How the Finnish prevent tail-biting in their non-docked pig herds 

Operating high health pig herds and keeping stress levels low is preventing tail biting in non-docked Finnish pigs.

In Finland, they have been operating 100% pigs finished with non-docked tails for many years.

Although routine tail docking is prohibited in the EU, 95-99% of pigs in Europe are still docked.

Speaking at the Pigs Tomorrow conference, pig vet Taneli Tirkkonen, of Atria Pork, the largest pig processor in Finland, puts the success of running systems with non-docked tails down to good health, larger-than-average pen sizes and adequate feeding and drinking space, which keeps stress levels low.

See also: 4 early signs of tail biting to watch for on pig farms

He said the incidence of tail-bitten pigs seen on the slaughter line was about 2.5%, but could be nearer to 4%.

Average mortality from birth to slaughter is 2%, with a very small proportion (0.3% or lower) due to tail biting.

He said managing tail biting comes down to strict management.

“At Atria Pork, our systems are almost totally integrated.

“We have our own genetics, feed mills, produce all the pigs, slaughter them and then sell to the consumer.

“Our biggest finisher has more than 15,000 pigs.”

Below are factors he said are important in keeping stress levels low:

  1. Above-average drink and feeding space. Most pigs are on a restricted liquid feed and all pigs can eat at the same time. This removes competition at feeders. They have 32-35cm trough space a pig. Pigs are fed three to six times a day. There is also more than average drinker space, with one drinker for every 10 pigs.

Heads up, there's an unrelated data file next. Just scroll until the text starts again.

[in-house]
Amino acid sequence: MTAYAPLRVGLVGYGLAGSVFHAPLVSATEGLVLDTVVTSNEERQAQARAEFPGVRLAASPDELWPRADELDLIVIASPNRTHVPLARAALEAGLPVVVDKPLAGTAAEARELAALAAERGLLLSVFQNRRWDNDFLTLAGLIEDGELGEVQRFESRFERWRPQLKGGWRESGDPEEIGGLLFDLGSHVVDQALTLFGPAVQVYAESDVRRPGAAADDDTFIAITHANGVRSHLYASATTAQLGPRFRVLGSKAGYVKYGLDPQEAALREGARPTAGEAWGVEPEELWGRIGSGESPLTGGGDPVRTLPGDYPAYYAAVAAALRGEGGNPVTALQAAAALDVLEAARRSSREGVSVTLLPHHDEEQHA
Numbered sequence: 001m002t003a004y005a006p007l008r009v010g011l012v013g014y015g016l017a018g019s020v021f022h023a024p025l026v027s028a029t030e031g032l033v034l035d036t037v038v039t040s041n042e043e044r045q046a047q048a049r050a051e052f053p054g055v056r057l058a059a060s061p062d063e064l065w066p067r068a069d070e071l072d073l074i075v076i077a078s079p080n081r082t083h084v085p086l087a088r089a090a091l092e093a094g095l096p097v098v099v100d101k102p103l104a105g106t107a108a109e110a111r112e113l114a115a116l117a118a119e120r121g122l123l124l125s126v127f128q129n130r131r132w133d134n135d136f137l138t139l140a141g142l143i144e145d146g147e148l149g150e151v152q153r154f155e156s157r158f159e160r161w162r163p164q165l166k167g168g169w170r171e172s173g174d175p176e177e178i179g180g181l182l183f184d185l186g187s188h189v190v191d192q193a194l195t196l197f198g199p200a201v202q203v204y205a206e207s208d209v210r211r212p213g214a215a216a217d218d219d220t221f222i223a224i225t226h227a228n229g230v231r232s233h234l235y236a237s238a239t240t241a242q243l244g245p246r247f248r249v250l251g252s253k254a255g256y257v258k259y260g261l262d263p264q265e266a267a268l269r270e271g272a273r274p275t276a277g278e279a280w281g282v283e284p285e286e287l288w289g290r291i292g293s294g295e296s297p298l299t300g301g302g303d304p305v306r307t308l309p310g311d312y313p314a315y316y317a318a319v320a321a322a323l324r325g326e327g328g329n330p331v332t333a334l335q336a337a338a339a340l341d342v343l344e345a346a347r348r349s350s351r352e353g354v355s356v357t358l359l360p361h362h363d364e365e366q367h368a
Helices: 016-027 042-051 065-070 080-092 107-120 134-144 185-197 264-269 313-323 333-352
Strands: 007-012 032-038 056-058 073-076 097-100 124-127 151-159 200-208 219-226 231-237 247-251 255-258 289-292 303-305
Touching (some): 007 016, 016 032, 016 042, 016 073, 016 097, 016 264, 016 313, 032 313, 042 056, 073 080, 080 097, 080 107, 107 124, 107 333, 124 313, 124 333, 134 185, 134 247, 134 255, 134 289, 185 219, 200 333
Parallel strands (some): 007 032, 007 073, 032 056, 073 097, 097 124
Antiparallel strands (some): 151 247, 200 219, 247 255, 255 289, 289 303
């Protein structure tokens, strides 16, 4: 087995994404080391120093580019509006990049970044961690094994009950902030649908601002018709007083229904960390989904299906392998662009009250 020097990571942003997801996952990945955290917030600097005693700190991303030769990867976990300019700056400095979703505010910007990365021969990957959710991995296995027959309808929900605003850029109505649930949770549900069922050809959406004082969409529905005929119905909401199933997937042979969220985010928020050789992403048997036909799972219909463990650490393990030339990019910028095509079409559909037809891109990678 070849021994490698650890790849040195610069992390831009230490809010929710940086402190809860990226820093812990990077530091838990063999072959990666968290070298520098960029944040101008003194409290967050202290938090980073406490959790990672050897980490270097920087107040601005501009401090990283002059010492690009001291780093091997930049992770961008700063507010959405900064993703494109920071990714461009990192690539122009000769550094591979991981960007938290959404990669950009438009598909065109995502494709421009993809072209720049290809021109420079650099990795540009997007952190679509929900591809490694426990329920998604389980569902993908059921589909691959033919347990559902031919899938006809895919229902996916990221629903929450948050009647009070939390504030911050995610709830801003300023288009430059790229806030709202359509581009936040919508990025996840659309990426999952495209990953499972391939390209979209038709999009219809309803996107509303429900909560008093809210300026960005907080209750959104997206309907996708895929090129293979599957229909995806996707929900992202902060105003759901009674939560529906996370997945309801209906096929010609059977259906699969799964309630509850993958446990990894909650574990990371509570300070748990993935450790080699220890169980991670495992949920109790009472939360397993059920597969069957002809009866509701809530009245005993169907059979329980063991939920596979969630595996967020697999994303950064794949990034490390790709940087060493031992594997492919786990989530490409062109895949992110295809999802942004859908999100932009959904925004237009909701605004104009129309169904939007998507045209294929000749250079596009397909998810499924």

2. Space per pigs for weaners is 0.4sq m and 0.9sq m for finishers, with almost all on partly slatted floors (at least a third slatted).
  3. Enrichment material in all pens.
  4. Consistent nutritional quality of feed, mainly from distillery by-products, with very little soya.
  5. Excellent animal health. Producers don’t need to vaccinate for many things as they have eradicated disease and have a zero tolerance to salmonella.

All of Atria Pork farms are signed up to a national porcine quality system, called Sikava, which secures animal health and food safety and goes beyond EU and national legislation. Across the herds in Finland, 99% are specific pathogen free (SPF) and are negative for PRRS, salmonella, Aujetzky, Sarcoptic mange, Mycoplasma pneumoniae, swine dysentery and atrophic rhinitis.